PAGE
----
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This country has been experiencing violence since late 2012 when Muslim rebel groups overthrew President Francois Bozize and started a civil war.
The United Nations Agency for Refugees (UNHCR) on Friday warned that nearly 60,000 people have fled the Central African Republic (CAR) to neighboring countries due to violence at the hands of armed groups that reject the results of the December 27 elections.
"Most of them fled to the Democratic Republic of Congo (DRC), crossing the Ubangui River, where the number of arrivals exceeded 50,000 after 10,000 Central African refugees arrived in a single day on January 13," UNHCR spokesperson Boris Cheshirkov said.
In the last month, about 9,000 Central Africans arrived in Cameroon, Chad, and the Republic of Congo. Another 58,000 Central Africans have been forcibly displaced within their country.
UNHCR is gathering information on possible abuses committed by these armed groups, including sexual violence, attacks on voters, and looting.
On January 13, armed groups rejecting the re-election of President Faustin-Archange Touadera tried to take the capital Bangui. Their attack was repelled by the Army, Russian and Rwandan troops, and the United Nations Multidimensional Integrated Stabilization Mission in the Central African Republic (MINUSCA).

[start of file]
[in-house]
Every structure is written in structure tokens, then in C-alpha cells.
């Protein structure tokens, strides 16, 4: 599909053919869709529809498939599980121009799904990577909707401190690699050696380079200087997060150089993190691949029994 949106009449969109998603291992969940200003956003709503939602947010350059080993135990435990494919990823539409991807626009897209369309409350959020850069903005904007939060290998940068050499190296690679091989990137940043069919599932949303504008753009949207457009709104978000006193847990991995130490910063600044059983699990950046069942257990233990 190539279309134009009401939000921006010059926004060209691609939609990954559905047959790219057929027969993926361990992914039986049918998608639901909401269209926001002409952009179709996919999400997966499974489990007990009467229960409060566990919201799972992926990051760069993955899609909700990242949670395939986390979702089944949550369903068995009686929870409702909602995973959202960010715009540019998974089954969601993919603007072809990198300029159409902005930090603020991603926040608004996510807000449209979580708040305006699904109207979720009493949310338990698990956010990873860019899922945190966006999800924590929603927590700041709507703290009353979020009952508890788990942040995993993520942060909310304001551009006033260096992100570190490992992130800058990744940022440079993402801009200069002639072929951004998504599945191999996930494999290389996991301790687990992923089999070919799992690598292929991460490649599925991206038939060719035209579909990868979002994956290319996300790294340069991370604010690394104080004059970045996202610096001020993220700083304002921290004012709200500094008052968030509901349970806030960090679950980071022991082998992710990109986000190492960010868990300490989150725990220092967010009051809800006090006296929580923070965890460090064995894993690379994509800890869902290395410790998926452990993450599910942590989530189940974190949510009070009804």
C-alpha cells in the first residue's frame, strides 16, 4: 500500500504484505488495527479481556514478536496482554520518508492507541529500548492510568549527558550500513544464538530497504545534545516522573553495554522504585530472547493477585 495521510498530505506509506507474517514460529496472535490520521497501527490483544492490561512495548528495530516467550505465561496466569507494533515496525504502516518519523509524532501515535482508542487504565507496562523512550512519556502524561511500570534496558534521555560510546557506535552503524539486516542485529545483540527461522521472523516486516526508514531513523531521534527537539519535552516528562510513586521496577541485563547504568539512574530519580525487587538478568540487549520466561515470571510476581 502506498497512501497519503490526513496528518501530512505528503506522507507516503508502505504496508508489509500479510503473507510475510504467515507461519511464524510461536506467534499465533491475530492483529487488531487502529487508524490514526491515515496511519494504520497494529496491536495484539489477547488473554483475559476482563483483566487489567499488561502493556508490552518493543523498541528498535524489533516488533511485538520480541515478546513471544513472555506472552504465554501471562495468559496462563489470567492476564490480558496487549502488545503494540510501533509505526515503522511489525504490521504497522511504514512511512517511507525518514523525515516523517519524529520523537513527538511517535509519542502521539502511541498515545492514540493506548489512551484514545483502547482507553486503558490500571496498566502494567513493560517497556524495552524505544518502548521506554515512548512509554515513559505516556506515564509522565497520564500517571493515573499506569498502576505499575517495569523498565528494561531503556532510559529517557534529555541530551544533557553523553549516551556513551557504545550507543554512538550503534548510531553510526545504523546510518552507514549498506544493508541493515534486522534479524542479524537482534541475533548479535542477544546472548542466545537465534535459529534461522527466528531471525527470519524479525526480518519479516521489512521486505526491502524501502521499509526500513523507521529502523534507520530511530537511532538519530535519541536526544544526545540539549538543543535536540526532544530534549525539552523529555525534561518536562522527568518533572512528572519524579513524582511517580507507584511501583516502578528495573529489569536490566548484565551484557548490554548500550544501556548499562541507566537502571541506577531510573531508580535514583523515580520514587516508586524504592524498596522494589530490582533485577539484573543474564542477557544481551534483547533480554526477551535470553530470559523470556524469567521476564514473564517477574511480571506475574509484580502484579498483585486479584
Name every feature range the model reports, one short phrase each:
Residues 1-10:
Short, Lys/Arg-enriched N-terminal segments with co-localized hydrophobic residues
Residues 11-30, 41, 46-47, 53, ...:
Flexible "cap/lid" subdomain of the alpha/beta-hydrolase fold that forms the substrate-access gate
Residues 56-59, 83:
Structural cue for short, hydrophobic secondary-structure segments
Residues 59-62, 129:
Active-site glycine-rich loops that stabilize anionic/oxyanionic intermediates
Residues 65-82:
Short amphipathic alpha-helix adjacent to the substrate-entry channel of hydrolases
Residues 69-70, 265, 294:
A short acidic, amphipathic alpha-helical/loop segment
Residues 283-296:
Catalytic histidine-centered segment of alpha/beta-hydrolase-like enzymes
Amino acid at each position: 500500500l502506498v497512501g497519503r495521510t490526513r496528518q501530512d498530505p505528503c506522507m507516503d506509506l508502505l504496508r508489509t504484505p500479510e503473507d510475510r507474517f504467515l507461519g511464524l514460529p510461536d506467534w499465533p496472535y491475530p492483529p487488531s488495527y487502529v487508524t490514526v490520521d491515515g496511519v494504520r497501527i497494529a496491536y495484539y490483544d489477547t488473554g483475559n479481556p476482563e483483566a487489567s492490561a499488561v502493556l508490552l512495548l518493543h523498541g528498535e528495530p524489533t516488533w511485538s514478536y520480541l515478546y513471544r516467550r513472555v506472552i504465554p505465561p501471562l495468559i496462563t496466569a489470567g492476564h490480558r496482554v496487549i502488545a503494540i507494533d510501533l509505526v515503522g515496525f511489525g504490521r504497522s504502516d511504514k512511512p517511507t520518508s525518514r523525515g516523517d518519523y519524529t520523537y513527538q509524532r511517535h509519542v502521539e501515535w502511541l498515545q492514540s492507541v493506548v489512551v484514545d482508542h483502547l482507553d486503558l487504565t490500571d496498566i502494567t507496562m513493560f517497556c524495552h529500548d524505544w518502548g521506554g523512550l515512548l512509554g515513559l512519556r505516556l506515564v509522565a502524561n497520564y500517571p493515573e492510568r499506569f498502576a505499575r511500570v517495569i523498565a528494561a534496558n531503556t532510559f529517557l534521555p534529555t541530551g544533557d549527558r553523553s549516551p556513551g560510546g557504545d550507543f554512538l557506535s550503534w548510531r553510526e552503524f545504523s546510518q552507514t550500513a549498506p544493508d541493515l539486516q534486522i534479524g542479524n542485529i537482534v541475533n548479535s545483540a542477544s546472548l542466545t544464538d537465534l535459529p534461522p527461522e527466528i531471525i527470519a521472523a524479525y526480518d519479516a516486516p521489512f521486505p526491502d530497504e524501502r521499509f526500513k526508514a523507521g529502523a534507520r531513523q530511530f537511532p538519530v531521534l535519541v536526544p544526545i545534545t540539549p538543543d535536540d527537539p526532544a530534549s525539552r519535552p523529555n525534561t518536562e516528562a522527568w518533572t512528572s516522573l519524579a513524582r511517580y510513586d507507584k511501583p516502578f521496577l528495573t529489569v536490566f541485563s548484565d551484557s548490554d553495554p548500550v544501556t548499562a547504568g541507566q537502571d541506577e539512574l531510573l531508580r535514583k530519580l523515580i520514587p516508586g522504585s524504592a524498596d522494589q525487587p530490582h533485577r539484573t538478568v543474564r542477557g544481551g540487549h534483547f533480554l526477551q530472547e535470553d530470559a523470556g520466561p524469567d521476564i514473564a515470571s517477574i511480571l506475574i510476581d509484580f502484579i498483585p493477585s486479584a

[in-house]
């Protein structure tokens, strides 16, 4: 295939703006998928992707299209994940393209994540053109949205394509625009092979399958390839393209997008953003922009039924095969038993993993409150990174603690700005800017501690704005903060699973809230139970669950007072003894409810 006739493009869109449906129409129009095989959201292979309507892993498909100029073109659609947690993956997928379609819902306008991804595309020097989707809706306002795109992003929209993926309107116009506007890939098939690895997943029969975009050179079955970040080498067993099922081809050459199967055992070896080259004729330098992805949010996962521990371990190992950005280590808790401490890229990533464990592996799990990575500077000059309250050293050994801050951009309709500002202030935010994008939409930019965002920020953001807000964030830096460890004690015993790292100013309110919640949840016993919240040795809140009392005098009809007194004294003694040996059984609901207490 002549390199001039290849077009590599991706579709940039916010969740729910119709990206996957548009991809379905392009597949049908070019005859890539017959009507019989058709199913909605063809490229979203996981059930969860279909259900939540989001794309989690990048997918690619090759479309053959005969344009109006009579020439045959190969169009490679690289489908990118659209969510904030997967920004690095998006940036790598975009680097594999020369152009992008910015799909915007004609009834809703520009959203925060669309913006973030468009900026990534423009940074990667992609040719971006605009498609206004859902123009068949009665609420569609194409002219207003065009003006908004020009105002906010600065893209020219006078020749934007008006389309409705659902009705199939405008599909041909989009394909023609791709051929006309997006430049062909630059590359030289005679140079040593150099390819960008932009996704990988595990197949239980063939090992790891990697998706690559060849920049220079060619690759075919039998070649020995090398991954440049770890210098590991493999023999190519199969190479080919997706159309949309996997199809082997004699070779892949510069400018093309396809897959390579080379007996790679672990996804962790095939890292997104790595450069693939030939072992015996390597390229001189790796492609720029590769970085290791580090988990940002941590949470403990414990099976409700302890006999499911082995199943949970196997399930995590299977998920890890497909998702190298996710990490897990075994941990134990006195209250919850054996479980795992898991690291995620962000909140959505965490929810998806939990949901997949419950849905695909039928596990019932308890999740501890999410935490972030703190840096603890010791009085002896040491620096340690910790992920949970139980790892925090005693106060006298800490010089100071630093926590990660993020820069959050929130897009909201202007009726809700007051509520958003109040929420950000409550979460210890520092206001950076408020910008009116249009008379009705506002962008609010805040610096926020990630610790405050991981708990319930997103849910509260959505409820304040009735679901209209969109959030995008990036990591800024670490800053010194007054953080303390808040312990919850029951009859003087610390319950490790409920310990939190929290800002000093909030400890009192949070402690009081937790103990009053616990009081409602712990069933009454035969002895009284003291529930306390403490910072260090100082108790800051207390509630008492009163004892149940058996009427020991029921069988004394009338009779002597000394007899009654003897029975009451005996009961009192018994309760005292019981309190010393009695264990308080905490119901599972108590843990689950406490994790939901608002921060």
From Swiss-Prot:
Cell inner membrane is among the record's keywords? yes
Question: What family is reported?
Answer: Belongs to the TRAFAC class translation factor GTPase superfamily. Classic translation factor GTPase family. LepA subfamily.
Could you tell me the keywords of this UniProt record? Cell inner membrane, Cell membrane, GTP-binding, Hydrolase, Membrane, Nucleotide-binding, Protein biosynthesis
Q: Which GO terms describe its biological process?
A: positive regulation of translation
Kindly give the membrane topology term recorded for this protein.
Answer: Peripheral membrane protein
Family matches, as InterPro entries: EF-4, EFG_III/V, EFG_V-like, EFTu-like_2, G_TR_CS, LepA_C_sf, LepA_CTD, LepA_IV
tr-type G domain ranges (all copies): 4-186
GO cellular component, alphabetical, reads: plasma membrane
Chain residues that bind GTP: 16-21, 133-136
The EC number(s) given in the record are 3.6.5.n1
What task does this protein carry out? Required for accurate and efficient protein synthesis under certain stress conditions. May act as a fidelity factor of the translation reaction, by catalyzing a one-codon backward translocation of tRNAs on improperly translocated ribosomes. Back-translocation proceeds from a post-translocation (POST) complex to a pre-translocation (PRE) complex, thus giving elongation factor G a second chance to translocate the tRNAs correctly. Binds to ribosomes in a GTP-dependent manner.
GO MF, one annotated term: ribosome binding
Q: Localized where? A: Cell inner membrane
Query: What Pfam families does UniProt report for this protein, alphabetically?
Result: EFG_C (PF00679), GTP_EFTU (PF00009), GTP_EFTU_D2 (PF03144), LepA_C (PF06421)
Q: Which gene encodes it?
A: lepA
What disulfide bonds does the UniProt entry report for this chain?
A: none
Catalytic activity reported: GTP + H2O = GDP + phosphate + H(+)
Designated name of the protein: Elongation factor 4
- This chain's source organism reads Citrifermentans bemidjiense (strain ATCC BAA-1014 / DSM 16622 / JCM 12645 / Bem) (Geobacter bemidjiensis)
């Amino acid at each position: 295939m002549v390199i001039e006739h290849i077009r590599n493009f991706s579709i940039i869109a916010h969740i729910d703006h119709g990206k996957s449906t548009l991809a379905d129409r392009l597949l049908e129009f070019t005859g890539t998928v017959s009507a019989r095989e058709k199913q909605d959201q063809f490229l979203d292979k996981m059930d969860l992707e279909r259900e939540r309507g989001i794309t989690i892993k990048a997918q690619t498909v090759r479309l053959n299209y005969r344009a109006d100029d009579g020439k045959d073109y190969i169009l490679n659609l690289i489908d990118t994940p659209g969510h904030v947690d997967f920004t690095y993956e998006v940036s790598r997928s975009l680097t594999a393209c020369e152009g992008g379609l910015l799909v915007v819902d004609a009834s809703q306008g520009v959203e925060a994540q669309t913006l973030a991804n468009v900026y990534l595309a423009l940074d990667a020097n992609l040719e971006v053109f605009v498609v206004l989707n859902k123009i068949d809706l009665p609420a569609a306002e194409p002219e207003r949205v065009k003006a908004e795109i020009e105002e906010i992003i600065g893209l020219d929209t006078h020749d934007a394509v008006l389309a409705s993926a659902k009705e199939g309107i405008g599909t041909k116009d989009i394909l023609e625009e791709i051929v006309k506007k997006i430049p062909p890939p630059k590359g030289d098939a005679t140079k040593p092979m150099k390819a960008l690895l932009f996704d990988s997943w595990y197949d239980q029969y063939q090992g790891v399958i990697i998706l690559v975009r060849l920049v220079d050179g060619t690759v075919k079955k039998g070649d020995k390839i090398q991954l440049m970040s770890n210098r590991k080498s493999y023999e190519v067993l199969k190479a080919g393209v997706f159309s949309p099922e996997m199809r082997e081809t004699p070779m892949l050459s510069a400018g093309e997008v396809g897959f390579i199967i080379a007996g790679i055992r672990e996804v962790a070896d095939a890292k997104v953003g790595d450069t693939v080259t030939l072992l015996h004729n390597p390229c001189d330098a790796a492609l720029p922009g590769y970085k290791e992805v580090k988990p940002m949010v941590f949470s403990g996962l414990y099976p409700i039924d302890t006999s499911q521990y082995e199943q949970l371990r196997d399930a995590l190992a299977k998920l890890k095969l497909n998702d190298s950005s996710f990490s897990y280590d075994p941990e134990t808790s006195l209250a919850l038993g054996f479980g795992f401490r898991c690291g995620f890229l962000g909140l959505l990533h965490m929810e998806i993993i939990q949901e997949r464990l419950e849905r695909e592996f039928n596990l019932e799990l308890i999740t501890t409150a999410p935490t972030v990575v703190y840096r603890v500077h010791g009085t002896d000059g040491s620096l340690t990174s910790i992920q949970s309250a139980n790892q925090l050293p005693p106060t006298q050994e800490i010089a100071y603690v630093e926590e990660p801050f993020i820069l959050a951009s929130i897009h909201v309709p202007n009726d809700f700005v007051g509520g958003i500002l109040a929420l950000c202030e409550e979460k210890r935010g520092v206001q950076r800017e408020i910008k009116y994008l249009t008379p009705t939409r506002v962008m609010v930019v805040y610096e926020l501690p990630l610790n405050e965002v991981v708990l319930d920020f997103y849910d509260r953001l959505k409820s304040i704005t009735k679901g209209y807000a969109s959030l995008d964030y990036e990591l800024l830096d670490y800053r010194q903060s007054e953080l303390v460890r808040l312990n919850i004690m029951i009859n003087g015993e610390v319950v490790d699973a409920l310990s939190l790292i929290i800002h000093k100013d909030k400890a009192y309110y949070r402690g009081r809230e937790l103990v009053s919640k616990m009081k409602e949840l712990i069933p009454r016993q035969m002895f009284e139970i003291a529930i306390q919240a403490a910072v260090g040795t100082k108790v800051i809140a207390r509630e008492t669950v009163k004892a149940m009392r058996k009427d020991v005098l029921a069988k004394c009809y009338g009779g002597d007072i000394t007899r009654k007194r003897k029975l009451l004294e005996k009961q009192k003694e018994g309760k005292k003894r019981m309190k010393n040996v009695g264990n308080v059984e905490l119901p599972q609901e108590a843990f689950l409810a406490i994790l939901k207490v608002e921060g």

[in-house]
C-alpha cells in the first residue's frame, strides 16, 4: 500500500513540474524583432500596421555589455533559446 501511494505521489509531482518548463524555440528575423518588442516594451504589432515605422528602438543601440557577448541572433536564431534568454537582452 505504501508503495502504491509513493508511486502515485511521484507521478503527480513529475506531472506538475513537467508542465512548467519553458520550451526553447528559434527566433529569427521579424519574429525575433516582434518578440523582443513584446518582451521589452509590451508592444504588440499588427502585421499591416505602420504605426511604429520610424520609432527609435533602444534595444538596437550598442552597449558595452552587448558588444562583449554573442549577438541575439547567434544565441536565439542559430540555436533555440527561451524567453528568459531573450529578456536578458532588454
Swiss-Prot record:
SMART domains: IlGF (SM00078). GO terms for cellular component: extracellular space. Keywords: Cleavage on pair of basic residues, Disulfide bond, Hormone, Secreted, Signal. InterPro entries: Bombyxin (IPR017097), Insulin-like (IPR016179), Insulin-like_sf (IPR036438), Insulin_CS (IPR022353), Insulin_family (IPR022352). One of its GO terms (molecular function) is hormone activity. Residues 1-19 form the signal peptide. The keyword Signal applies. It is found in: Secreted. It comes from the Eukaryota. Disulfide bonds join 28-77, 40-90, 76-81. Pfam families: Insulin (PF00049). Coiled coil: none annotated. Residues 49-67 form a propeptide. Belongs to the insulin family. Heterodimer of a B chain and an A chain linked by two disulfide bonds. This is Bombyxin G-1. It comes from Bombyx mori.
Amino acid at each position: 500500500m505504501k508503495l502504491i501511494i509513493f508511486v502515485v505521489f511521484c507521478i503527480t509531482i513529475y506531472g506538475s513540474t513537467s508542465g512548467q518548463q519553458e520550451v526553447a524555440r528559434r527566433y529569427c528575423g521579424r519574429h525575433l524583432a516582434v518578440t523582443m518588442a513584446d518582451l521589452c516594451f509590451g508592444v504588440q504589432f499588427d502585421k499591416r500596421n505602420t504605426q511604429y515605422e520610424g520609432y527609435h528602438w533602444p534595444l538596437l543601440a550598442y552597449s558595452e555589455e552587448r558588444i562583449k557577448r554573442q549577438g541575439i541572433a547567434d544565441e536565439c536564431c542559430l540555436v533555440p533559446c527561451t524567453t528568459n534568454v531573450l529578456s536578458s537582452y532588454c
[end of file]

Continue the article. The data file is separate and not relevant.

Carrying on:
Nearly 60,000 people have fled Central African Republic ���� due to intensifying post-electoral violence. The majority of them are said to have fled to the Democratic Republic of Congo ���� by crossing the Ubangi River. pic.twitter.com/sNCvQtK9PO
Opposition politicians also do not accept the results of the Presidential elections. They argue that the elections were not an "expression of the will of the people" as over 40 percent of the polling stations remained closed for security reasons.
The Central African Republic has been experiencing a scenario of violence since late 2012 when Muslim rebel groups (the Seleka) overthrew President Francois Bozize (2003-2013) and started a civil war.
To resist the attacks of the Seleka, Christians formed militias, which ended up fragmented into a myriad of armed factions.
Despite the signing of a peace agreement in February 2019, the militias still control two-thirds of the territory of the Central African Republic, a country rich in diamonds, uranium, and gold.
Many armed groups are supported by former President Bozize, who in the elections backed the opposition leader Anicet Georges Dologuele. His candidate, however, only achieved 21 percent of the vote.